West. As we all know, the protective tariff which was originally the child of the Republican Party was made possible as an aftermath of the War between the States.

When the legions of the North under the Stars and Stripes marched into the Southern States, the rank and file thought they were fighting for the liberation of the slaves. Nearly all the slaves were in the Cotton Belt at that time. While slavery was only a pretext used by Lincoln and other warmongers of his day, thousands of brave sons of great farm States, from Ohio to Iowa and from the Great Lakes to the Mason and Dixon line, followed the Stars and Stripes in that great conflict believing they were fighting for emancipation.

Those farmers from the great Middle West-if they had understood the purpose of protective tariff-would never have voted in national elections for legalized plunder of agriculture. The Republican farm voters would never have voted for tariffs against themselves had they understood.

The Democratic Party, as we have known it, has owed its life to the belief of its followers in the Southern States that Democratic leaders stood for low tariff, for States' rights, and in the South for white supremacy. No longer do we have a party that stands for white supremacy. No longer do we have a party that stands for States' rights and for the right of the people locally to control their own local affairs. No longer do we have a party that is opposed to high protective tariffs except on agricultural products and on raw products.

The Republican Party, which for many years controlled the States of the East and North, has been rooted out of its former throne and the scepter of these industrial regions bas been seized by a new party which seized the Democratic banner and marched on leaving true Democrats stunned, helpless, and amazed.

It is easy, therefore, to see that the Republican and Democratic Parties do not longer exist except in name. We cannot, therefore, consider the question of tariffs which includes the subject of special trade agreements as a party issue in any sense of the word.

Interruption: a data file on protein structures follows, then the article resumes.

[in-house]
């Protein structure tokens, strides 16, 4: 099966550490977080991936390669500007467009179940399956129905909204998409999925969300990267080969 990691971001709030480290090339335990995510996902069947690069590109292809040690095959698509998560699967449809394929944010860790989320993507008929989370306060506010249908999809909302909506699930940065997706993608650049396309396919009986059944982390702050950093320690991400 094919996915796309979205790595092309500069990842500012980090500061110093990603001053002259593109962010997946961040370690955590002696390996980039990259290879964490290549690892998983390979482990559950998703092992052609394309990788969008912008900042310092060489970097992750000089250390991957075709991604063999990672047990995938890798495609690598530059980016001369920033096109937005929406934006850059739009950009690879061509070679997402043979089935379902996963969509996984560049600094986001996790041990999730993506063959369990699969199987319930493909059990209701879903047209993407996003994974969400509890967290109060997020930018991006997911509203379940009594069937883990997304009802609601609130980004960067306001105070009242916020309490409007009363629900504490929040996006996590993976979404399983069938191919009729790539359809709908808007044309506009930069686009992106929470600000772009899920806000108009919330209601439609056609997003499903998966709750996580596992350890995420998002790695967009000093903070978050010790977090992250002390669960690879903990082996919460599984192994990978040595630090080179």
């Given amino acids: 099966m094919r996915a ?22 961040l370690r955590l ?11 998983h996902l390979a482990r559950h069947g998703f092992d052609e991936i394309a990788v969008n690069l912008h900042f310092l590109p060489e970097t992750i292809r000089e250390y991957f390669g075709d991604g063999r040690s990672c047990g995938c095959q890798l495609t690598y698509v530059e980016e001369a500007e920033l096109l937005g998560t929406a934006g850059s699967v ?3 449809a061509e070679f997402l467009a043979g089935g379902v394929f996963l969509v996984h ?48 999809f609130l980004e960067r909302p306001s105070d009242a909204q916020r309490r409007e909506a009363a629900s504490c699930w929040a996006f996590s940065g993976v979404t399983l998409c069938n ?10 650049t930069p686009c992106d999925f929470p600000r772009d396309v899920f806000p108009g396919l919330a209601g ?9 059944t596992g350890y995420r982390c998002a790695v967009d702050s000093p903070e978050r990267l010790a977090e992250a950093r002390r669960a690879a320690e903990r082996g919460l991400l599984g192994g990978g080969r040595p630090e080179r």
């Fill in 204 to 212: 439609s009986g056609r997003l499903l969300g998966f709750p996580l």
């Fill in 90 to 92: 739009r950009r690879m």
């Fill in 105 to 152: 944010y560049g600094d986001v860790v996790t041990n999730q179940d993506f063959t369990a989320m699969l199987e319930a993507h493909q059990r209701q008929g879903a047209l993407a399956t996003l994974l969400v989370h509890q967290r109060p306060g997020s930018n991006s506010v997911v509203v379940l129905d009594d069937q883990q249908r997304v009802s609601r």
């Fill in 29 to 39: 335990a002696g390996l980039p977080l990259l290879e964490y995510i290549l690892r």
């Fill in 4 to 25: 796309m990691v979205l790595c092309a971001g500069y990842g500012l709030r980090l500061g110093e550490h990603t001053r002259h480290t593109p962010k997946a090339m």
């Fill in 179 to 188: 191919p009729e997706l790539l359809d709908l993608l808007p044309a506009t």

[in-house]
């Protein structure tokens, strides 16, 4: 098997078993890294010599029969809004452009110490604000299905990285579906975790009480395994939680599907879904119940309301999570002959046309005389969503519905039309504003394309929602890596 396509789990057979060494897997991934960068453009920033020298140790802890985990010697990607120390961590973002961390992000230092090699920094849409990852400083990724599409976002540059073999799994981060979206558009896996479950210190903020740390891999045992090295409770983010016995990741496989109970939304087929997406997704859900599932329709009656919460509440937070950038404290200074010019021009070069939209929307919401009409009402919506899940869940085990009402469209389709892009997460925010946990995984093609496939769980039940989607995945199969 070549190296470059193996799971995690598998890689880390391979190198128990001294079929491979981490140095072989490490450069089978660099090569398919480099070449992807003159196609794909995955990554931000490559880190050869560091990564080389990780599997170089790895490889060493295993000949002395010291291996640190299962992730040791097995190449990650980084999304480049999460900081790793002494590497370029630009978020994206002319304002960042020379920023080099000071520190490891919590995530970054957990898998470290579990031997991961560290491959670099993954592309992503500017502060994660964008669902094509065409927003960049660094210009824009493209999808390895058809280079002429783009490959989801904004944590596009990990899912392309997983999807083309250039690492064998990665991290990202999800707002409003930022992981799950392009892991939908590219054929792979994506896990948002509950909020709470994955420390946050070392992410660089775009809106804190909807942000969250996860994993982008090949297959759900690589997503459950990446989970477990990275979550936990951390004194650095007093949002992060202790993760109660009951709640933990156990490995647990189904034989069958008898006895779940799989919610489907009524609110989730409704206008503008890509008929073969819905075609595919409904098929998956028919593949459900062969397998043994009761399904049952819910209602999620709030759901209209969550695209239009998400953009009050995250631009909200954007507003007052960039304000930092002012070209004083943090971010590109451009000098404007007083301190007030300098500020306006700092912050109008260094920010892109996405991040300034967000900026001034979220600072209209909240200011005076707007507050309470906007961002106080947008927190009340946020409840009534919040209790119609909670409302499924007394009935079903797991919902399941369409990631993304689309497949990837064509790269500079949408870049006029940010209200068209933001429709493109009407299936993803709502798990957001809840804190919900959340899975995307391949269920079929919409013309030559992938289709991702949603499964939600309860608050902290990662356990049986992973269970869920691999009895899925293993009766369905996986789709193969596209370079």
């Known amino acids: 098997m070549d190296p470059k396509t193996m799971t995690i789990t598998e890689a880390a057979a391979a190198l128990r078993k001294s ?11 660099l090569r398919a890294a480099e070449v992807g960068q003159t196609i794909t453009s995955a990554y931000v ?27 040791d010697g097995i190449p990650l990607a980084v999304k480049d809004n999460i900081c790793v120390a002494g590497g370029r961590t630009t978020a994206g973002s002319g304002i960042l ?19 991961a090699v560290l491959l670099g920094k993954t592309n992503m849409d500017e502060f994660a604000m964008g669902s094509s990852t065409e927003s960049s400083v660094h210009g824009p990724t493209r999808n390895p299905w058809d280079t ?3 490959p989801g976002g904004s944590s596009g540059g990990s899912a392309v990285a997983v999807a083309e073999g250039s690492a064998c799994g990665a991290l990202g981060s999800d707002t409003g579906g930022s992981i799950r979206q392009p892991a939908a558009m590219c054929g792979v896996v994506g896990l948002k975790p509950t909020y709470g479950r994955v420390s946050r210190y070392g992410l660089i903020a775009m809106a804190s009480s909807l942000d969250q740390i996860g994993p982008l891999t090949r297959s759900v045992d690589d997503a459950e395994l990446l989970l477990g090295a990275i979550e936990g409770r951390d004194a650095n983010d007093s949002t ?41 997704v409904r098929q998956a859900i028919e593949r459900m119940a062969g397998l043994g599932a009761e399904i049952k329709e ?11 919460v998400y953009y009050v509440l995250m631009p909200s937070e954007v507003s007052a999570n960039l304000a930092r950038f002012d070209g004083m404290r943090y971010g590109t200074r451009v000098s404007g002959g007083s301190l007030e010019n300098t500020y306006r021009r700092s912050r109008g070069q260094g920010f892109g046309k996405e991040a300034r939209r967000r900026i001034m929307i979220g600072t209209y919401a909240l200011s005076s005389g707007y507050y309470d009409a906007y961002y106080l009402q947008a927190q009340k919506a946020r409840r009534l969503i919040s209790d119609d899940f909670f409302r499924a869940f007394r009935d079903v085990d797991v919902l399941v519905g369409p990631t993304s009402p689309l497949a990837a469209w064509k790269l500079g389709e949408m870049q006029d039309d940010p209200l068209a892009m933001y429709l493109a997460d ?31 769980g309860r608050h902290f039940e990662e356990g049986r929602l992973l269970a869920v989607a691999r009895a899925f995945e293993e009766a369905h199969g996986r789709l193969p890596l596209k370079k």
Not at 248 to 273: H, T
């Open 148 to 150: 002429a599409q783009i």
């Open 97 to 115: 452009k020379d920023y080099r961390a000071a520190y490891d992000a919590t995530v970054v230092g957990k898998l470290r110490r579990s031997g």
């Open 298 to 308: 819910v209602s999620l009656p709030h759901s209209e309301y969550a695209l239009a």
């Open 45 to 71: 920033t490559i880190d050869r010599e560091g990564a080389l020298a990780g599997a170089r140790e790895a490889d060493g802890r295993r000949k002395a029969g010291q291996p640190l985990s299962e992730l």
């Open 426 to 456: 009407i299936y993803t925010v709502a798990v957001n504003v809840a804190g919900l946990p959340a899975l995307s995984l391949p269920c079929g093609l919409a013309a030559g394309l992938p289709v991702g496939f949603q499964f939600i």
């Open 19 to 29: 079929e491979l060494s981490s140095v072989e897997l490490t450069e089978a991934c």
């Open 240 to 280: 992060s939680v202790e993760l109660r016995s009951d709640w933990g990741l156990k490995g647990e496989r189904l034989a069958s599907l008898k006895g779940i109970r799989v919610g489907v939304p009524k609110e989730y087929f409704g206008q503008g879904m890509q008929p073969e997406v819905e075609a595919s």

The fact of the matter is that regardless of parties, party names, or party organizations, the thinking of the masses in this country is divided into two schools. One of these schools of thought can be summed up in the term "patriotic nationalism." The other school of thought can be summed up in the term "international nonpatriotism."

There can be no international patriot. The very word “patriot” derived from the Greek and the Latin means a love of one's country. It means, literally, a father to the country.

Those who try to bring about internationalism and world rule are as great traitors and saboteurs of American liberty and American rights as were those saboteurs landed by a German submarine and who were justly executed. Those individuals who are now trying to destroy the American National Government and substitute international government should be dealt with in the same way.

I do not know whether or not in the national election of 1944 there will be any political party to carry the banner of “national patriotism,” or whether it will be like a neglected stepchild, left to its own resources to keep alive the spark of patriotic Americanism through these dark ages through which we are now passing. The banner of internationalism and world empire will undoubtedly be carried by